European countries have pulled together to create the world’s biggest financial assistance funds. By working together, the European Commission, the International Monetary Fund and the European Central Bank, help governments in need to devise assistance programmes to stabilise fragile economies and address deep-rooted economic problems.
When international investors stopped lending the Greek government the money on which it had grown dependent, euro area finance ministers and the International Monetary Fund (IMF) joined forces. On 2 May 2010 EUR 110 billion was set aside to support the Greek government in implementing reforms that would restore its economy. The money, of which EUR 80 billion came from Greece’s euro area partners, was disbursed by the European Commission in tranches between May 2010 and June 2013, following Greece’s successful implementation of promised reforms.
On 14 March 2012, euro area finance ministers and the IMF approved a second round of economic assistance for Greece, worth EUR 164.5 billion. This time, Greece’s fellow euro area countries stepped in with EUR 144.7 billion through the European Financial Stability Facility, a rescue fund that was launched in August 2010. A deal with financial investors to reduce Greece’s crushing debt burden by almost EUR 200 billion was also arranged.
Disbursement of the money was divided into tranches to be paid out between March 2012 and December 2014, in parallel with the completion of reforms that are crucial to the revival of Greece’s economy.
In November 2012, euro area finance ministers and the IMF agreed to further help Greece by cutting the cost of their loans and giving the country more time to repay them.
Between December 2010 and December 2013 Europe’s rescue funds, the International Monetary Fund, the United Kingdom, Sweden and Denmark, lent Ireland EUR 85 billion to restore its national finances and repair its economy following the collapse of the country’s largest banks.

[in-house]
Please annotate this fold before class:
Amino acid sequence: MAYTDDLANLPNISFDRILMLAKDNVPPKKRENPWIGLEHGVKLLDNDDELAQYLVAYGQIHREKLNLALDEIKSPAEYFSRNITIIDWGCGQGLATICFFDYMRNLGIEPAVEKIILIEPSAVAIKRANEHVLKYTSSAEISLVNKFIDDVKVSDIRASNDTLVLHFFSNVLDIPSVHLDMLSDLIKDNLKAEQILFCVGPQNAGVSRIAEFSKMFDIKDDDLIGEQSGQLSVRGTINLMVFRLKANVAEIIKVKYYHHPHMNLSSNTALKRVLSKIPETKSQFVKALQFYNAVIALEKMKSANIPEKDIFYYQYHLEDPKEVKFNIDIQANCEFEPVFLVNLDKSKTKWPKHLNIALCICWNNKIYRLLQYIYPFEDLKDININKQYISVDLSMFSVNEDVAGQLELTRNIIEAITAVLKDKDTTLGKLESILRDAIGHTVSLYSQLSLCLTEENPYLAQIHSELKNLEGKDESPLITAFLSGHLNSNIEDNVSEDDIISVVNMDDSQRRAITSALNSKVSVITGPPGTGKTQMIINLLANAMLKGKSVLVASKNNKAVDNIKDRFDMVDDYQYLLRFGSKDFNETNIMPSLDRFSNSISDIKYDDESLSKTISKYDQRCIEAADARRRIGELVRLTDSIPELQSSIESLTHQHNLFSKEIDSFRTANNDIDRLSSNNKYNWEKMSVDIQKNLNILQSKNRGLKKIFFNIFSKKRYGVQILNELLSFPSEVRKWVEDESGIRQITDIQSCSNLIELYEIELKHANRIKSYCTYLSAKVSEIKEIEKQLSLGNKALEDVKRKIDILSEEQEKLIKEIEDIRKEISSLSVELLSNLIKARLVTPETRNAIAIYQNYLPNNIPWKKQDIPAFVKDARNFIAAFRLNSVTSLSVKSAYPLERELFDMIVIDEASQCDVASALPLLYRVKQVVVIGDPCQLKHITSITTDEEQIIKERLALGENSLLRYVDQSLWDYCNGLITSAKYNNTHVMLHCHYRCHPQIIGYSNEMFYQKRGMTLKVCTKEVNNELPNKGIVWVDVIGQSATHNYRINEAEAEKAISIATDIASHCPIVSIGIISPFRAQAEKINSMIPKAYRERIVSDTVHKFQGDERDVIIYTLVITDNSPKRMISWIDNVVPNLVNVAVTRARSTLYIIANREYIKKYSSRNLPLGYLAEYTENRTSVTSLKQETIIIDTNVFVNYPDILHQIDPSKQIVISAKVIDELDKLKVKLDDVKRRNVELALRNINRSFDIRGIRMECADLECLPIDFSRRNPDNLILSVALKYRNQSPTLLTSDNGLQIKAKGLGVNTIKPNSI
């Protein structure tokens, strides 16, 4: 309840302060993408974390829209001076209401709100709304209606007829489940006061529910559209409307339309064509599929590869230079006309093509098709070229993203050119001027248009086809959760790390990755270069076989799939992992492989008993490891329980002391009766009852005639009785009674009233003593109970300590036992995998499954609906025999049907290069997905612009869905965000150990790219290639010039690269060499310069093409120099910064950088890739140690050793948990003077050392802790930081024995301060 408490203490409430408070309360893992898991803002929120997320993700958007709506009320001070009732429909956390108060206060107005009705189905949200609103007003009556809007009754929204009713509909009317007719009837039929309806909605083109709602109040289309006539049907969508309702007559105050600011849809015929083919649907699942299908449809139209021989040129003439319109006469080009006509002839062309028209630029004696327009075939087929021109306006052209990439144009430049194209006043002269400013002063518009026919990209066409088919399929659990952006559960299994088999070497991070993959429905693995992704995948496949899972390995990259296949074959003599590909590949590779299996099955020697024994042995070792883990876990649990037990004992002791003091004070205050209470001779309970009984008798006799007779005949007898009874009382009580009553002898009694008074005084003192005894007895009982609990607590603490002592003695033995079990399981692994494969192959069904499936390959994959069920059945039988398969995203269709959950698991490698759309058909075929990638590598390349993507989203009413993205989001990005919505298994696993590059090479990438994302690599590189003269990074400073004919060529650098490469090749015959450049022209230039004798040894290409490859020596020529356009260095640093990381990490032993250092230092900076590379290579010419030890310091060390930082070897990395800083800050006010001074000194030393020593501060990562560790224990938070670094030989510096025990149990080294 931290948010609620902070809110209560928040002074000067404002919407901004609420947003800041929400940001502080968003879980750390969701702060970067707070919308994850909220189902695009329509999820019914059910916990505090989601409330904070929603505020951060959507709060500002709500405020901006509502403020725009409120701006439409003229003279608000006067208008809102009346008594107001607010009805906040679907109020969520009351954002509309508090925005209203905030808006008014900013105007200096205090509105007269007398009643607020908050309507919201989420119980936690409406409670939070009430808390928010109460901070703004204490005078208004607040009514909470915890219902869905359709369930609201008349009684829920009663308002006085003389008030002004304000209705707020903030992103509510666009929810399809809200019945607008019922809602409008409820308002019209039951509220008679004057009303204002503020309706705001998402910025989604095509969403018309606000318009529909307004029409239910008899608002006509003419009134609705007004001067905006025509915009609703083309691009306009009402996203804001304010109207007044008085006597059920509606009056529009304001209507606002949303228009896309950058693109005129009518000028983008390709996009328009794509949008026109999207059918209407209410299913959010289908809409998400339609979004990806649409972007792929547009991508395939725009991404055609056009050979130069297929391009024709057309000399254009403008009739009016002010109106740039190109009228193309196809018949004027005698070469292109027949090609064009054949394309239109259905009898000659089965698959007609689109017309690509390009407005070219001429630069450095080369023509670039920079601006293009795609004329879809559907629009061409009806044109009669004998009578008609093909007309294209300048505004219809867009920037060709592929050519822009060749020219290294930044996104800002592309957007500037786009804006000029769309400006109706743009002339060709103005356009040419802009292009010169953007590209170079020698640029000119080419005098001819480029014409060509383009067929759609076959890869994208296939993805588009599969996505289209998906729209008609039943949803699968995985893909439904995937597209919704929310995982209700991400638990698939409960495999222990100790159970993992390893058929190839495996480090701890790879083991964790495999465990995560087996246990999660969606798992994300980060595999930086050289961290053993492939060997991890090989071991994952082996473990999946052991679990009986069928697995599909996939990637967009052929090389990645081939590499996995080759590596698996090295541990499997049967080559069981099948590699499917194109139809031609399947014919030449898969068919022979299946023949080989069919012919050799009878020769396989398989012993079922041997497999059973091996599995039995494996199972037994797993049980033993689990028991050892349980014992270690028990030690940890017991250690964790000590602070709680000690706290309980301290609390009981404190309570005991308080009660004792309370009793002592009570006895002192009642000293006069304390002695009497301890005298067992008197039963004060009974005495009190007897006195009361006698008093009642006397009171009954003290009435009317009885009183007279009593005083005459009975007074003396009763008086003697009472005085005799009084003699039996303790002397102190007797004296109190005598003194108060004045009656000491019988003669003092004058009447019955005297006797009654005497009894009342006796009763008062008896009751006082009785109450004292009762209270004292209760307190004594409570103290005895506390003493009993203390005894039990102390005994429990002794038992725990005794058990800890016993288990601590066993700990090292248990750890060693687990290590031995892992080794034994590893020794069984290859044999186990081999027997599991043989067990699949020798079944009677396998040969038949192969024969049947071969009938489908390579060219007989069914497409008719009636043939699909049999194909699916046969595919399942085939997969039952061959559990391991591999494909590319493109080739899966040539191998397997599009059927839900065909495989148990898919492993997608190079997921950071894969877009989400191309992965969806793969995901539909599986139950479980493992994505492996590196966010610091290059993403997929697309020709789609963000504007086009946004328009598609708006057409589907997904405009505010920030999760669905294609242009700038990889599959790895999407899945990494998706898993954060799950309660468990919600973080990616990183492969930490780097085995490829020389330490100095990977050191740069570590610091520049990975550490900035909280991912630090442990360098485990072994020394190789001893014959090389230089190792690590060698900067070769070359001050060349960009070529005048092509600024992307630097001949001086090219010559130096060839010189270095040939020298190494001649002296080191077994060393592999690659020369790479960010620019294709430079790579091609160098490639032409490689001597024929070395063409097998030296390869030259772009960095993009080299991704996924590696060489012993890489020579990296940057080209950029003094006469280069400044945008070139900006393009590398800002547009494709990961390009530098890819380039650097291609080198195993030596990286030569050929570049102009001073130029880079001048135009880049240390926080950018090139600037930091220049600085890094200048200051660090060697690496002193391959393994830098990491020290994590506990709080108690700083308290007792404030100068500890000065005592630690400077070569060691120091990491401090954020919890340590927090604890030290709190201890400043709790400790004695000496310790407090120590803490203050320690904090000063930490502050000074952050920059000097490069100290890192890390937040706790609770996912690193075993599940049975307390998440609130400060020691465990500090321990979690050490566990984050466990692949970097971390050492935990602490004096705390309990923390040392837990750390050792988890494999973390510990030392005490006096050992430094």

Ireland’s considerable reforms to restore its finances and reinvigorate its economy paid off. In January 2014, Ireland became the first euro area country to successfully emerge from a macroeconomic assistance programme. It is no longer dependent on international financial assistance and its economy is expected to grow by 1.8 % in 2014 with a current account surplus of 6.8 %.
When financial investors started demanding ever-higher returns for lending to governments, Portugal found itself unable to pay. On 17 May 2011, European finance ministers and the International Monetary Fund agreed to lend Portugal EUR 78 billion to finance its budget deficit, reduce the government’s debts, repair its banking sector, and finance reforms to stimulate economic growth and create jobs. Portugal has already received more than EUR 71 billion, with the rest expected to come by mid-2014. Despite its challenging situation, Portugal’s reforms have significantly improved the country’s finances and its economy. Portugal’s government achieved a budget surplus last year and the economy is set to start growing again this year.
A burst property bubble left the Spanish banking sector holding billions of euros worth of loans that borrowers could no longer repay. Euro area countries used their financial assistance funds, the European Financial Stability Facility and the European Stability Mechanism to help Spain repair its struggling banking sector by setting aside EUR100 billion in loans, that were paid out between July 2012 and December 2013. European help, and advice from the International Monetary Fund, enabled Spain to ensure its viable banks got enough money to start lending again and to safely close banks with no future.
Hurt by the severe recession in Greece and an accident at a major power station, and vulnerable because of its over-sized banking sector, Cyprus turned to its euro area partners for help. On 24 April 2012 euro area governments and the International Monetary Fund agreed to lend Cyprus EUR 10 billion to restructure its banking sector, rebuild its public finances and invest in a more balanced and healthy economy. The money, EUR 9 billion of which comes from the euro area’s European Stability Mechanism rescue fund, is being disbursed in tranches, in parallel with reforms, until 2016.